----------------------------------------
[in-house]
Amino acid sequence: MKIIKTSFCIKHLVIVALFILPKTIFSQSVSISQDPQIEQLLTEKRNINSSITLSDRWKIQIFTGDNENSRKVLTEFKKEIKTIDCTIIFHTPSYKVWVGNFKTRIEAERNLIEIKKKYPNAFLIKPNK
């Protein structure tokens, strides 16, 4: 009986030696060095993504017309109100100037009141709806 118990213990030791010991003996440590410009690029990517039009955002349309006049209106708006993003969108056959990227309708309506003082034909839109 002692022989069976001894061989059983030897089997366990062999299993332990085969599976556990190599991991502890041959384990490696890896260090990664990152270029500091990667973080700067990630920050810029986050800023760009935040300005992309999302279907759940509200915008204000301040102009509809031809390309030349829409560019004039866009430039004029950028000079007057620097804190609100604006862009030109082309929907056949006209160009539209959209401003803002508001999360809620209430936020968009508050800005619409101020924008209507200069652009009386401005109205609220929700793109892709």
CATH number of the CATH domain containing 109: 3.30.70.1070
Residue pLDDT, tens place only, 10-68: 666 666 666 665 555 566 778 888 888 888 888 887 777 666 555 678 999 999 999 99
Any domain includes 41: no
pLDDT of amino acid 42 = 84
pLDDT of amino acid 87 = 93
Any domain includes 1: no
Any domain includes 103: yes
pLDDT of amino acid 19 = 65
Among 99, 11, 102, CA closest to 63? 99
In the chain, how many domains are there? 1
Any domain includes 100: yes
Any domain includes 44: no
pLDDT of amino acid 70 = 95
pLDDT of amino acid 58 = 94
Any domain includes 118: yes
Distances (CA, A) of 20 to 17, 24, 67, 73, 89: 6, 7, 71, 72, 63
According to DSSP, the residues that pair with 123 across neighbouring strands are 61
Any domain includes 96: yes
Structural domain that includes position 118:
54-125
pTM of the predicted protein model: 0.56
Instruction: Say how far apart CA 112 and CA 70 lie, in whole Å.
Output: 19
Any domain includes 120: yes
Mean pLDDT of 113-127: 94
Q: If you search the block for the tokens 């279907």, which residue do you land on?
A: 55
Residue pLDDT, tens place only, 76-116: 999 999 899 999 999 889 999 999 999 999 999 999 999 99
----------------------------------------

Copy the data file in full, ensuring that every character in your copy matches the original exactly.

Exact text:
[in-house]
Amino acid sequence: MKIIKTSFCIKHLVIVALFILPKTIFSQSVSISQDPQIEQLLTEKRNINSSITLSDRWKIQIFTGDNENSRKVLTEFKKEIKTIDCTIIFHTPSYKVWVGNFKTRIEAERNLIEIKKKYPNAFLIKPNK
């Protein structure tokens, strides 16, 4: 009986030696060095993504017309109100100037009141709806 118990213990030791010991003996440590410009690029990517039009955002349309006049209106708006993003969108056959990227309708309506003082034909839109 002692022989069976001894061989059983030897089997366990062999299993332990085969599976556990190599991991502890041959384990490696890896260090990664990152270029500091990667973080700067990630920050810029986050800023760009935040300005992309999302279907759940509200915008204000301040102009509809031809390309030349829409560019004039866009430039004029950028000079007057620097804190609100604006862009030109082309929907056949006209160009539209959209401003803002508001999360809620209430936020968009508050800005619409101020924008209507200069652009009386401005109205609220929700793109892709």
CATH number of the CATH domain containing 109: 3.30.70.1070
Residue pLDDT, tens place only, 10-68: 666 666 666 665 555 566 778 888 888 888 888 887 777 666 555 678 999 999 999 99
Any domain includes 41: no
pLDDT of amino acid 42 = 84
pLDDT of amino acid 87 = 93
Any domain includes 1: no
Any domain includes 103: yes
pLDDT of amino acid 19 = 65
Among 99, 11, 102, CA closest to 63? 99
In the chain, how many domains are there? 1
Any domain includes 100: yes
Any domain includes 44: no
pLDDT of amino acid 70 = 95
pLDDT of amino acid 58 = 94
Any domain includes 118: yes
Distances (CA, A) of 20 to 17, 24, 67, 73, 89: 6, 7, 71, 72, 63
According to DSSP, the residues that pair with 123 across neighbouring strands are 61
Any domain includes 96: yes
Structural domain that includes position 118:
54-125
pTM of the predicted protein model: 0.56
Instruction: Say how far apart CA 112 and CA 70 lie, in whole Å.
Output: 19
Any domain includes 120: yes
Mean pLDDT of 113-127: 94
Q: If you search the block for the tokens 């279907």, which residue do you land on?
A: 55
Residue pLDDT, tens place only, 76-116: 999 999 899 999 999 889 999 999 999 999 999 999 999 99